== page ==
Principal’s Round-up – 7th December 2018

Anyone who thinks an education system can, or should, solve social inequality needs to think hard about what ‘inequality’ and ‘education’ mean. I read with dismay this week at the increasing gap that exists between the wealthiest and poorest in our society. It now exceeds the US, which takes some doing. The richest earn 130 times more than the poorest. In Scandinavia it averages 29 times. Education cannot be held responsible for this or be accountable for a solution. We must instead recognise that life is harder for some, and always will be, so we need to stick to the knitting (quality learning) and raise the bar even higher on aspiration.

I wrote some time ago about the importance of understanding the need to promote strength of mind, strength of body and strength of heart in the school. This is, in part, driven by the need to address inequalities by firming up ‘character.’ We have to look beyond excuses, and look for solutions. We are not doing young people any favours if we sugar coat their lives. So, yes, we expect students to do PE in the rain. Children do not dissolve. Yes, they must follow the rules. ‘I don’t like my teacher’ will be met with ‘tough luck’: try harder to please them. Teachers are trained and trusted professionals who, whilst building exceptional relationships, are there to teach mathematics, history, P.E. and so on. They are not there to parent. The behaviour of children is the responsibility of the parent (assuming all adjustments are made for additional needs). Parent voice was very supportive of this at the recent session. We cannot carry the weight of society on our shoulders.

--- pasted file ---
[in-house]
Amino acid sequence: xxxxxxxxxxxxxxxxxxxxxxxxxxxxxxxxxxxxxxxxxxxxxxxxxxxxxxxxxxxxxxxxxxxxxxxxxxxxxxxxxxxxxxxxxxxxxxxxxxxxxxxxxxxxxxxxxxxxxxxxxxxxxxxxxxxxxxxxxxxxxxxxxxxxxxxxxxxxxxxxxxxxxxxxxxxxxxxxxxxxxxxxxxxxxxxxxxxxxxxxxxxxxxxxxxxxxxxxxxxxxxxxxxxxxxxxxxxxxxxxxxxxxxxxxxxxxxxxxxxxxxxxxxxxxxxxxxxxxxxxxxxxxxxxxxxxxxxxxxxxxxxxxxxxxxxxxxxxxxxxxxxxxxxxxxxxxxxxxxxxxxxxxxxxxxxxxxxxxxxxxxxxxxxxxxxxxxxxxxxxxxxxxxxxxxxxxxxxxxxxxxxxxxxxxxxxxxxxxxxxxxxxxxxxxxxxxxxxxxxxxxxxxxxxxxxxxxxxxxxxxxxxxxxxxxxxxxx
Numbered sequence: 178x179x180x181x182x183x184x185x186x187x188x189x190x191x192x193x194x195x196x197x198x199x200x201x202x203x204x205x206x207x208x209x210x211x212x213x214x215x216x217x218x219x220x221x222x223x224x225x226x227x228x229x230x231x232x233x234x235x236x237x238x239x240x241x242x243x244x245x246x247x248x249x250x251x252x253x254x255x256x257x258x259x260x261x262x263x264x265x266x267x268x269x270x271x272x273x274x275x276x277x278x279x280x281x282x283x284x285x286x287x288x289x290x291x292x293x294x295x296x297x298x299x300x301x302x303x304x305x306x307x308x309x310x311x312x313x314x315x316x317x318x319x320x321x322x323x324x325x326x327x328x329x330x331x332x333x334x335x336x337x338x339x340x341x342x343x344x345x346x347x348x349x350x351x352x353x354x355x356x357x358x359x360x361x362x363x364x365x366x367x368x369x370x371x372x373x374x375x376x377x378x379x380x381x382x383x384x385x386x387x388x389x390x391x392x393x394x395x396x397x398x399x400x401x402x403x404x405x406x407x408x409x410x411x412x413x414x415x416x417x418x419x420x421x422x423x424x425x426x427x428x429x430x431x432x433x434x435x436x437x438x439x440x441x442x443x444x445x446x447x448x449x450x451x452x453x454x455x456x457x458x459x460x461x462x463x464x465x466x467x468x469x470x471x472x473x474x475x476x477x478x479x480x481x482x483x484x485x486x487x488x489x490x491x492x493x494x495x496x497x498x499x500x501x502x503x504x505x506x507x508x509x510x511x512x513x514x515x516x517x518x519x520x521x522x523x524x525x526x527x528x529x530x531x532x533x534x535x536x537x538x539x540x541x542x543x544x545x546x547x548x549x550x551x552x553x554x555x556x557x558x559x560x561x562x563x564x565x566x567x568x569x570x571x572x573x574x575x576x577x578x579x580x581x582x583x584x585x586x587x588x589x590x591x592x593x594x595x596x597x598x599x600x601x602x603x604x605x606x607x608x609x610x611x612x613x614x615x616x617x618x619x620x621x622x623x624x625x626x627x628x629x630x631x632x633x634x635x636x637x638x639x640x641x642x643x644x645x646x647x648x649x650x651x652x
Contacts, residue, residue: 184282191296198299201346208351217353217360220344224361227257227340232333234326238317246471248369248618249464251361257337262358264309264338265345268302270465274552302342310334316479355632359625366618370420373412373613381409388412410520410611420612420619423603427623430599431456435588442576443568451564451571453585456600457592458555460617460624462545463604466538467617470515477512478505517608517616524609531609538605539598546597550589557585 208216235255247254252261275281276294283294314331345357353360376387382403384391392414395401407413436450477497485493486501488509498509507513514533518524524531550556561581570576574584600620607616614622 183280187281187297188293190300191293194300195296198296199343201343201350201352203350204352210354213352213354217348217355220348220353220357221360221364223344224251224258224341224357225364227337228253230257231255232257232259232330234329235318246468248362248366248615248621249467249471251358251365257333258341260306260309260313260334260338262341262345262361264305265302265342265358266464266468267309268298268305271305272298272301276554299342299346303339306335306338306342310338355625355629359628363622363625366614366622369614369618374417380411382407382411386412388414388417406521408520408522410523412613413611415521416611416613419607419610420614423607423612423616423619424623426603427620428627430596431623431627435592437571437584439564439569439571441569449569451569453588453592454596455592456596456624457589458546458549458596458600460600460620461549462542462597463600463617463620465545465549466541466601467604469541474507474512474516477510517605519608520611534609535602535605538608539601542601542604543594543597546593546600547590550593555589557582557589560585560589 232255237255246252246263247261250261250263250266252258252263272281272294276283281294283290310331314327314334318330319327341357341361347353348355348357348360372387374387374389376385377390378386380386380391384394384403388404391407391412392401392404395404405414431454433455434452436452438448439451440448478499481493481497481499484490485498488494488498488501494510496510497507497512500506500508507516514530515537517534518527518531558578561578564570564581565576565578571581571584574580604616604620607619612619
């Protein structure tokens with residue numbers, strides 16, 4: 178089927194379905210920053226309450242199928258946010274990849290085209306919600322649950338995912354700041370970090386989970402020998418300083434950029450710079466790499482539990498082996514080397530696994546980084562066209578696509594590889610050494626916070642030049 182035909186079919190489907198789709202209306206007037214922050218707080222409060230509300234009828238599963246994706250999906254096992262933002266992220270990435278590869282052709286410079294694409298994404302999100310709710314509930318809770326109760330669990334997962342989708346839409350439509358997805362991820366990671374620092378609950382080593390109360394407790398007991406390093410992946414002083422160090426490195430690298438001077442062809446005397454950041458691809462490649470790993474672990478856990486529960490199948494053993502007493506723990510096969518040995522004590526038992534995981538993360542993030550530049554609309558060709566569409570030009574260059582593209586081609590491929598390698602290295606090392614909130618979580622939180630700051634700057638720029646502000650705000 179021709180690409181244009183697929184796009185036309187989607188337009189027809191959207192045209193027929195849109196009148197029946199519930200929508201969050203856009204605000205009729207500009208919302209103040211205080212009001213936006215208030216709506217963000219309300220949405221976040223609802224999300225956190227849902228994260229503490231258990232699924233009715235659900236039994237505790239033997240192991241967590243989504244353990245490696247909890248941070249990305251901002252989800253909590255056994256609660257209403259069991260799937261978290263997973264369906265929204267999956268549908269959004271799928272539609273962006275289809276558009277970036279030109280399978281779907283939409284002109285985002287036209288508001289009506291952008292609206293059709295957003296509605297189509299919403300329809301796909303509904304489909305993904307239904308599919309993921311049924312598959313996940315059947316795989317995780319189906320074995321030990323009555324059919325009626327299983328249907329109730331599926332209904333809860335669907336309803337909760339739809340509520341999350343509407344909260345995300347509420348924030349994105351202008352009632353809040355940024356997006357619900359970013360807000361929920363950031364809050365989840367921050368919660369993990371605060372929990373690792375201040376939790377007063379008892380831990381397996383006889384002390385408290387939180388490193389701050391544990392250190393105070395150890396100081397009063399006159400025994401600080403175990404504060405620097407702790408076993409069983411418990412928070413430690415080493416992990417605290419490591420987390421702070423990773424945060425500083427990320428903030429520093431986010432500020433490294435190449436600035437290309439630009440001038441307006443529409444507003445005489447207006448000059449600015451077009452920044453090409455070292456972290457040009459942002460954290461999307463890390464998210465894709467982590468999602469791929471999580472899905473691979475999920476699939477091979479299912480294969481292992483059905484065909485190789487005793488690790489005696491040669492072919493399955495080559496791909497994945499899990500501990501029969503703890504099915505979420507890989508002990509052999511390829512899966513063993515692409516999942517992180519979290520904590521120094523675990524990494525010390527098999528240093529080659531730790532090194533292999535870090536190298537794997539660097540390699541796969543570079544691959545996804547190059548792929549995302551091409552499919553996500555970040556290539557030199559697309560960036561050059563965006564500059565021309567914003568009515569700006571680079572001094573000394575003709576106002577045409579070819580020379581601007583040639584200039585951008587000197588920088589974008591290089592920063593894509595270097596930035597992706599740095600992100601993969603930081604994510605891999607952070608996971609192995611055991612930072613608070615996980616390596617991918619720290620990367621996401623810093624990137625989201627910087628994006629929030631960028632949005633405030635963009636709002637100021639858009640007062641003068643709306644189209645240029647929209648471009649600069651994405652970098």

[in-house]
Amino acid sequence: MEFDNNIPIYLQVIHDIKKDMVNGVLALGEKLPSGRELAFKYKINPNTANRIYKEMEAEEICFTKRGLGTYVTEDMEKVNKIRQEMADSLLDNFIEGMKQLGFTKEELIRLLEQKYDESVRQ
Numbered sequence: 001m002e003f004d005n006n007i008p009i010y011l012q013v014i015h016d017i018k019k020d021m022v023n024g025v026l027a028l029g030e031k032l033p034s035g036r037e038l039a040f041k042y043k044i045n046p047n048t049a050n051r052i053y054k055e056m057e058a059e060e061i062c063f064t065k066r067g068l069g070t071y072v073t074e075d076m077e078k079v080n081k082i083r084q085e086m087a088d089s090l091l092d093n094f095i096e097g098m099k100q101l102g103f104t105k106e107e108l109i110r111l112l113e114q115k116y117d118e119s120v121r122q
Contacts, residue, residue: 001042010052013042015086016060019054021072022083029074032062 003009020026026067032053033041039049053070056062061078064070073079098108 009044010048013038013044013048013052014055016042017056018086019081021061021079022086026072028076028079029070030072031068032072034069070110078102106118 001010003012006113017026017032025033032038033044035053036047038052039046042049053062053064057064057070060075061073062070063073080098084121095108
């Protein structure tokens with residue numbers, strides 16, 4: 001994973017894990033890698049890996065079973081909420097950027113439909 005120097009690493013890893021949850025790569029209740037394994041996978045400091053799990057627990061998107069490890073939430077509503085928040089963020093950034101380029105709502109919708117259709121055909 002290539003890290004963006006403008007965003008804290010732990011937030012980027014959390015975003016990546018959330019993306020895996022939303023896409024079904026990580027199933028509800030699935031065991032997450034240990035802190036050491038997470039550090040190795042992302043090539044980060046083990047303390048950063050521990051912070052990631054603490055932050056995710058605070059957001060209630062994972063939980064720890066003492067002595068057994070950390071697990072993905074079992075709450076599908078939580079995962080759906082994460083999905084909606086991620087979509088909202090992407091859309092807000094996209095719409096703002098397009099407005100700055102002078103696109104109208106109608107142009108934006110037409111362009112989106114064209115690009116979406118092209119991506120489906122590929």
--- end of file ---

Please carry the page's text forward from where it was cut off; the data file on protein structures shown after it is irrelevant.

But the kind of resilience required to achieve what I have described does not come from rigour and enforced compliance alone. From this, there will always be those that rebel. Alongside the three ‘strengths’ must come a purposeful curriculum that is ambitious, but also personalised. We will also require enhanced links with the community to help us carry the burden, and it will require even more effort and hours of work. We must never stand still and be happy with where we are. Instead we should remain ambitious, industrious and reflective. The secret to excellence is knowing when things are going wrong and taking personal responsibility to rectify them. Alongside the ‘no negotiable’ approach must run the work we have started with Humanutopia. Equal attention in the emerging curriculum must be paid to the four elements of academic progress, emotional resilience, physical development and creativity. Then we will be as strong as we can be. We will never run out of things to improve.

Creativity is the one element that must be nurtured. The world around us is rapidly being directed by algorithms. Humans have the ability to build cars that can make their own decisions, apps that can simulate human emotions, programmes that can synthesise diagnoses to replace GPs and robots that can make their own decisions to kill during warfare. The industrial revolution replaced human brawn; the technological revolution is replacing brain. But it has yet to reach or replace human imagination and creativity. Young people are growing up in a world and in an education system that isolates them. Social media has a lot to answer for. It promotes everyone’s ‘perfect’ life and is destructive to young people’s mental health. The Arts are the antidote. Through the Arts, there is no failure, only iterative steps to success. The Arts promote team work, eye contact, good body language, confidence, laughter and an undeniable sense of what it takes to be human.

In that vein, well done to everyone involved in The Railway Children. It was the most fantastic school production and certainly one to be very proud of. The students were outstanding in their roles, well-rehearsed and disciplined. The technical side of things was also superb, including the wonderful set. But no play comes alive without a talented and dedicated director. So well done Eva. Watching this play made me so proud to work with you all and a timely reminder of why schools must never cut the Arts from the curriculum.

Sarah